• Avg. Position of 11-15: You’re ranking on page two, but not far from page one. The host blog should look for a few opportunities to link to the post from older posts, improving the link popularity. Or you can write another post on a similar topic with new link to the original post.
  • Avg. Position of 1-5, but CTR below 5%: You’re on page one, but not many people are clicking. There may be a mismatch between the title and meta description and the meaning of the keyphrase. Tweak the title to make sure the keyphrase and the topic are aligned semantically.
  • Clicks of 500 or more per month: You’re driving some traffic! The combination of your content and the host’s domain authority are powering significant visits from search. You should work together more often!

Now take of the X-ray glasses, email the blog editor, and continue to collaborate. Help the blog, help yourself, and help future readers find your content.

Peek at a few final tips

There are loads of competitive analysis tools that can give you a peek into the stats of other sites, but there’s still a lot we can’t see.

Ever used X-ray vision? Need help troubleshooting it? Got a favorite super power of your own? Leave a comment or question below…

Andy Crestodina is the Strategic Director of Orbit Media, a web design company in Chicago. He’s also the author of Content Chemistry, An Illustrated Guide to Content Marketing You can find Andy on and Twitter.

About Guest Blogger
This post was written by a guest contributor. Please see their details in the post above.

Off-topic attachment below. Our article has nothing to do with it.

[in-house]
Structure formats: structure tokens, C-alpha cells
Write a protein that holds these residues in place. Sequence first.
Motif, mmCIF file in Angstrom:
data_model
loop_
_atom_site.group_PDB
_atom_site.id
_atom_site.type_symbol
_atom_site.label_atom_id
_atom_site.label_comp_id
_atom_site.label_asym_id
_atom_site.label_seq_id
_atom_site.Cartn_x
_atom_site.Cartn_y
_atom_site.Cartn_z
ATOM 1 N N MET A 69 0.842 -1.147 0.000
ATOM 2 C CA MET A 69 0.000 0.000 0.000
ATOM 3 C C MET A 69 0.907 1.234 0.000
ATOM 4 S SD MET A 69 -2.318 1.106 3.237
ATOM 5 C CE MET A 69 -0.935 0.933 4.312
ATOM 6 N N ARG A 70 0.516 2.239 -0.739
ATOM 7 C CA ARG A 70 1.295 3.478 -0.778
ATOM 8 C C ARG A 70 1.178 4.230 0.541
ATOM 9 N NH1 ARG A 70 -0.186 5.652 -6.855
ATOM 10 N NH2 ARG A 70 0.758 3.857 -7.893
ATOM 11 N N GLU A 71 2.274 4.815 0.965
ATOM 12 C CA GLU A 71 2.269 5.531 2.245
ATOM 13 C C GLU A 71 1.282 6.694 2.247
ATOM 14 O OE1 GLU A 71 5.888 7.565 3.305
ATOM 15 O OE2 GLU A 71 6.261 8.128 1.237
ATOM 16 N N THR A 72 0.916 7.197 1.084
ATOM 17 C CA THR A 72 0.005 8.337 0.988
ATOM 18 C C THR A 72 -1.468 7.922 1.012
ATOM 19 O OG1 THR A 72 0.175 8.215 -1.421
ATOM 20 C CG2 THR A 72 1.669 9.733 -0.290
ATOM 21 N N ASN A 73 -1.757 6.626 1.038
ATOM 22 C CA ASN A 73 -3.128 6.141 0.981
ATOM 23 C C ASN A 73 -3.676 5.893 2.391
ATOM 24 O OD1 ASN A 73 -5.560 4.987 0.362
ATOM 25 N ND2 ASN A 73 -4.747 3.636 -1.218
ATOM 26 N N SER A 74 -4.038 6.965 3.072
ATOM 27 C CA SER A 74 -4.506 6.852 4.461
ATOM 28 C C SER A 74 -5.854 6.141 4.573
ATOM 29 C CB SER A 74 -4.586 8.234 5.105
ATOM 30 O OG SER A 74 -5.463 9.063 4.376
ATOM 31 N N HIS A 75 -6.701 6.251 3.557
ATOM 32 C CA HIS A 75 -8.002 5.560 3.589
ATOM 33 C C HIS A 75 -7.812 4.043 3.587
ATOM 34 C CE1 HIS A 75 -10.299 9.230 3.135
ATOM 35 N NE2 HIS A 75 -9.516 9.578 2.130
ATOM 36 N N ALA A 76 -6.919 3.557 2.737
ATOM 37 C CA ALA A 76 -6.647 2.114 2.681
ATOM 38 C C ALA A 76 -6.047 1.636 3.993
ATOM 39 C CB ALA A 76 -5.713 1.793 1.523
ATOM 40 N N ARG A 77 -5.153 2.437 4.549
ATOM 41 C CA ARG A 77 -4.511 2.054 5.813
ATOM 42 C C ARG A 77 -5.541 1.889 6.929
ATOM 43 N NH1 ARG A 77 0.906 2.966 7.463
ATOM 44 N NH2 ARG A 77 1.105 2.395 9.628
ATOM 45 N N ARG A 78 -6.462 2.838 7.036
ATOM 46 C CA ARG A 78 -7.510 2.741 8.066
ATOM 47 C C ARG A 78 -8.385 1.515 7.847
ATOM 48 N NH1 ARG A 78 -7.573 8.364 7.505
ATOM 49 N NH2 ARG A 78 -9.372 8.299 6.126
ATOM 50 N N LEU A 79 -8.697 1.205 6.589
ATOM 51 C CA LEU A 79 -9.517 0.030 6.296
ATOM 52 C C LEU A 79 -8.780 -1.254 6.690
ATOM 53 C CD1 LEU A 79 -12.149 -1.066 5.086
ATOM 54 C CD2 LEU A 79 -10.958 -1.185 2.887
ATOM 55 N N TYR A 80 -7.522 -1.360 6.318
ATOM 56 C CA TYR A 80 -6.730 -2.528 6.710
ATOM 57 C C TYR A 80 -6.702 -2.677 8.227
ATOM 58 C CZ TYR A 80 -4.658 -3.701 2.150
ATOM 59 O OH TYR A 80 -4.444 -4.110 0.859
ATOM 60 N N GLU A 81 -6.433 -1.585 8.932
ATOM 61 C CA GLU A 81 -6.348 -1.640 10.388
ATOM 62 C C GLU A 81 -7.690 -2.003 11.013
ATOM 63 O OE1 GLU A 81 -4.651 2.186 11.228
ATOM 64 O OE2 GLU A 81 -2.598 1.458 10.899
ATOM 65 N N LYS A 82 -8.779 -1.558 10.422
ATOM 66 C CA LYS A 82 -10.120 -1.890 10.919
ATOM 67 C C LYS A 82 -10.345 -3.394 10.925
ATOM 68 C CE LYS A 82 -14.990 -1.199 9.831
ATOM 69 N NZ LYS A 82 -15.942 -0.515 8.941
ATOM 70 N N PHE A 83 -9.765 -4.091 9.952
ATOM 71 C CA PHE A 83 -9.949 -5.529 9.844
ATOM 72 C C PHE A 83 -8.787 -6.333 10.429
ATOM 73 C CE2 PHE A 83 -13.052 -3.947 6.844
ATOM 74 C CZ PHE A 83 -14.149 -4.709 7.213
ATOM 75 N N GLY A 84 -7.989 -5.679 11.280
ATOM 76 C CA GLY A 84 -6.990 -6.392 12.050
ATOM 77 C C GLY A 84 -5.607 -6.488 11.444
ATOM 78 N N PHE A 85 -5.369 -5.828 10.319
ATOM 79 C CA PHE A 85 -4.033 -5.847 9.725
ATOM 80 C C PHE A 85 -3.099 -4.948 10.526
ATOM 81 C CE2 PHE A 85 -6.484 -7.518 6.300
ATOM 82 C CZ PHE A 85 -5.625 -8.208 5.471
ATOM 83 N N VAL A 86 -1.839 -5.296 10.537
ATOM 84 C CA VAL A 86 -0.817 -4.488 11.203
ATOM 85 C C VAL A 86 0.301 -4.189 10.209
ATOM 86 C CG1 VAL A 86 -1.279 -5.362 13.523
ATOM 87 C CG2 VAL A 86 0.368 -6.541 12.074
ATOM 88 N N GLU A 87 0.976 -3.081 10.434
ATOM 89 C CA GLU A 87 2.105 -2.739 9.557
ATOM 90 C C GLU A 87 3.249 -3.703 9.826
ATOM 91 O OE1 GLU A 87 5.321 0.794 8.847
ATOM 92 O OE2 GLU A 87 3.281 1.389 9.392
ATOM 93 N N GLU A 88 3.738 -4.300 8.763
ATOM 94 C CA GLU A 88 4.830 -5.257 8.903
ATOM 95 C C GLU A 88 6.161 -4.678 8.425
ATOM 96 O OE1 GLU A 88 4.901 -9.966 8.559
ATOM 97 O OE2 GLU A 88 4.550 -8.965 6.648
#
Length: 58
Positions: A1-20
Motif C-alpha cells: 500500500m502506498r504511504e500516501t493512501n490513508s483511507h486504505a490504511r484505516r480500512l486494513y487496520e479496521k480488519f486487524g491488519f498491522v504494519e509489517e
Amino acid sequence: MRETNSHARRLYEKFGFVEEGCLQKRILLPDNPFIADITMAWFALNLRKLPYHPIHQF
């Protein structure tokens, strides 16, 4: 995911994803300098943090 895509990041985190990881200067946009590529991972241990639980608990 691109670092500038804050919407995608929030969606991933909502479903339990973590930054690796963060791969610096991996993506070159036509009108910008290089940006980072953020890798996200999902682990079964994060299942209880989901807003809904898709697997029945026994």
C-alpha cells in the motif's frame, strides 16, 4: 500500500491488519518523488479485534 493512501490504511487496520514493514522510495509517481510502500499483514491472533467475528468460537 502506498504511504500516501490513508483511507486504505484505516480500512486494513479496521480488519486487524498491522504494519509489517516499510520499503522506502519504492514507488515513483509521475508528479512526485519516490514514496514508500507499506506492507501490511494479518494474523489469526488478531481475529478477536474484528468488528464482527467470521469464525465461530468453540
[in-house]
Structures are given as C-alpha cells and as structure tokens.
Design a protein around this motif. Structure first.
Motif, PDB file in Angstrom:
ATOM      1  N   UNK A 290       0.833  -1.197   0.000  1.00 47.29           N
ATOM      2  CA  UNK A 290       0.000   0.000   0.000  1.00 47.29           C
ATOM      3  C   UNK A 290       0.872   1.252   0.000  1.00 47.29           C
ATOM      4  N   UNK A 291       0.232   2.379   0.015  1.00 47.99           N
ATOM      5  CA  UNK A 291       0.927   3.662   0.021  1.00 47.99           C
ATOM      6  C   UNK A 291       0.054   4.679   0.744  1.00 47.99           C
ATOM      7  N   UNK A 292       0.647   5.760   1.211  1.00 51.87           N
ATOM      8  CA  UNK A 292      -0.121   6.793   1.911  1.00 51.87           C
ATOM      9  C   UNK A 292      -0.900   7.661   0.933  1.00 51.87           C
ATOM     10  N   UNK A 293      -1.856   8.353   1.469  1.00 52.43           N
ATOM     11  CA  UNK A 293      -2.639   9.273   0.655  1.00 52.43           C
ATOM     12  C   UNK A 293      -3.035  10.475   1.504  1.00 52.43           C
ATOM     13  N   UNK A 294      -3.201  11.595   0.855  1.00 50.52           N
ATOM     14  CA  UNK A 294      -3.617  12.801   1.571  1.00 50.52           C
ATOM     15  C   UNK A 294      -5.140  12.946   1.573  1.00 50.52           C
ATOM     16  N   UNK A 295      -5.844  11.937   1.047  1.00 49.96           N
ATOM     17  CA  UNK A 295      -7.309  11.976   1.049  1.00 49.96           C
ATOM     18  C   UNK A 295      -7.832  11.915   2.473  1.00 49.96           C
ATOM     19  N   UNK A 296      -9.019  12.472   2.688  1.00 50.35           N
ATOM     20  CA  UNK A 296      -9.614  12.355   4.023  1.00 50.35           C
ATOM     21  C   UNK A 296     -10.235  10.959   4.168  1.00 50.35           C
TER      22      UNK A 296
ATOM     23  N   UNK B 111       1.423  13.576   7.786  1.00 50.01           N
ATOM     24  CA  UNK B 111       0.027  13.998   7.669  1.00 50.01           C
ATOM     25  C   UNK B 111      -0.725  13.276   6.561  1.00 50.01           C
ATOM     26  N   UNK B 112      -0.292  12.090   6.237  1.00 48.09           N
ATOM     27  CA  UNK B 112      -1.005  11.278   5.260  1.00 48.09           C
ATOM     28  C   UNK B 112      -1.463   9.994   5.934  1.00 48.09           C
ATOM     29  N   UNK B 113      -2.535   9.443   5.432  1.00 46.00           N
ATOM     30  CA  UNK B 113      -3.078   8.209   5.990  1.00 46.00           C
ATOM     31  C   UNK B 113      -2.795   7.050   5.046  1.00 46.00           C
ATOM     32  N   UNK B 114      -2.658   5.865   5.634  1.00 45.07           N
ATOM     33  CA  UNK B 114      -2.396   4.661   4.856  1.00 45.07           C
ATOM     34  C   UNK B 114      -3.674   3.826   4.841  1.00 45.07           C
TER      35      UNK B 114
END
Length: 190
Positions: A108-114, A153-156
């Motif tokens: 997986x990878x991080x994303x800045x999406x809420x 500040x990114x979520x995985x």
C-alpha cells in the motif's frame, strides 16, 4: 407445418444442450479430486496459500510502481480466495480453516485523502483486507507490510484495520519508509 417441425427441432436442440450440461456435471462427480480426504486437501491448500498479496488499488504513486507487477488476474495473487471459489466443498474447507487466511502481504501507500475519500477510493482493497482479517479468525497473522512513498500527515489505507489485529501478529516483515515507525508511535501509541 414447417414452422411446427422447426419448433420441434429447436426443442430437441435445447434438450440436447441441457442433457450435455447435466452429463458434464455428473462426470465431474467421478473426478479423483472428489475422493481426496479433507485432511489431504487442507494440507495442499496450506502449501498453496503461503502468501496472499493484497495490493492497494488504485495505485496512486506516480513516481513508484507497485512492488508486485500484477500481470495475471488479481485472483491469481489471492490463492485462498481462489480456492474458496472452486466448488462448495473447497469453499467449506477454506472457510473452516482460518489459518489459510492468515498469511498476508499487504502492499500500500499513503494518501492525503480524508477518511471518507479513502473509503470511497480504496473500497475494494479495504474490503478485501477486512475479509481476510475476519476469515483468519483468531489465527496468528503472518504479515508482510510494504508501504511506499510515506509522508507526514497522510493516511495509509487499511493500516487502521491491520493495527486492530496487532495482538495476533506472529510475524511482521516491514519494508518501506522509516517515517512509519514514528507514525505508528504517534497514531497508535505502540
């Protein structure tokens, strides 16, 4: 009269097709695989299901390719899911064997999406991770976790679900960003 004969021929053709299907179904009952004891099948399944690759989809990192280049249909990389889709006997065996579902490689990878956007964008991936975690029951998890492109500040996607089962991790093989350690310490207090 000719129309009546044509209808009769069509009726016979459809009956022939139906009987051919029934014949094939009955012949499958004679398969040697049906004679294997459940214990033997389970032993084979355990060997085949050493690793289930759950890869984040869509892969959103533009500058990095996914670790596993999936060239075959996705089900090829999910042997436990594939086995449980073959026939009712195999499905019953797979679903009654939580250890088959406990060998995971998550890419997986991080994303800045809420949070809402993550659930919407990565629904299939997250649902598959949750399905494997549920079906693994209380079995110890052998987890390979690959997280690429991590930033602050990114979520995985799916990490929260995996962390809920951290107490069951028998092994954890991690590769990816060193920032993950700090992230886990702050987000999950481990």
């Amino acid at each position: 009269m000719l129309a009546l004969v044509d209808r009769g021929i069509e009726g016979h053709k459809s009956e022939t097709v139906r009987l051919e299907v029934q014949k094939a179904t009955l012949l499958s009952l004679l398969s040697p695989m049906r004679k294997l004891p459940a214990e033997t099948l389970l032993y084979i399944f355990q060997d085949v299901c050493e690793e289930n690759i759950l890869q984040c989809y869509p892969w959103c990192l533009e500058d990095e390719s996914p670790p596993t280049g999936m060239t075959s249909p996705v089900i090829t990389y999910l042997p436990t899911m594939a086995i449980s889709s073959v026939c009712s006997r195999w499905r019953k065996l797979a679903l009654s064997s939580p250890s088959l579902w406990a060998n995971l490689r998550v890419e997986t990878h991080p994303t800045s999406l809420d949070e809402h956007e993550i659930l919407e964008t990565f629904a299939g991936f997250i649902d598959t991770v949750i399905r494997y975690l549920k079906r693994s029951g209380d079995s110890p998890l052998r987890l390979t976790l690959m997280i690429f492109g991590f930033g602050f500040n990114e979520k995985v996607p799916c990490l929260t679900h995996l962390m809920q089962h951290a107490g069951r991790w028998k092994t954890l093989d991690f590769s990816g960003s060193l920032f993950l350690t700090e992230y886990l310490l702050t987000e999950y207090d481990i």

• Awesome post Andy.

    This is one of those things that I have been looking at doing for a while, but this is definitely a good reason to get on and do it!

    And yeh, secondary link building to get a guest post ranking for a term that your own site would struggle to rank for – that’s a great way to drive some traffic (and make the original link more valuable I should think).

  • Going into GWT and then labs and author stats is something new to me – great new information for me, checking mine now. Thank you Andy!

  • Using Google Authorship is like adding intelligence tool to other person’s blog. When authority sites, like ProBlogger or SEO expert websites publish guest posts, they allow Google Authorship code, too and this looks very cool on Google when you search for particular item. Most people think of Google Authorship as for adding identity for your own blog, but with this system you can provide rich search experience by using different authorship accounts for different pages.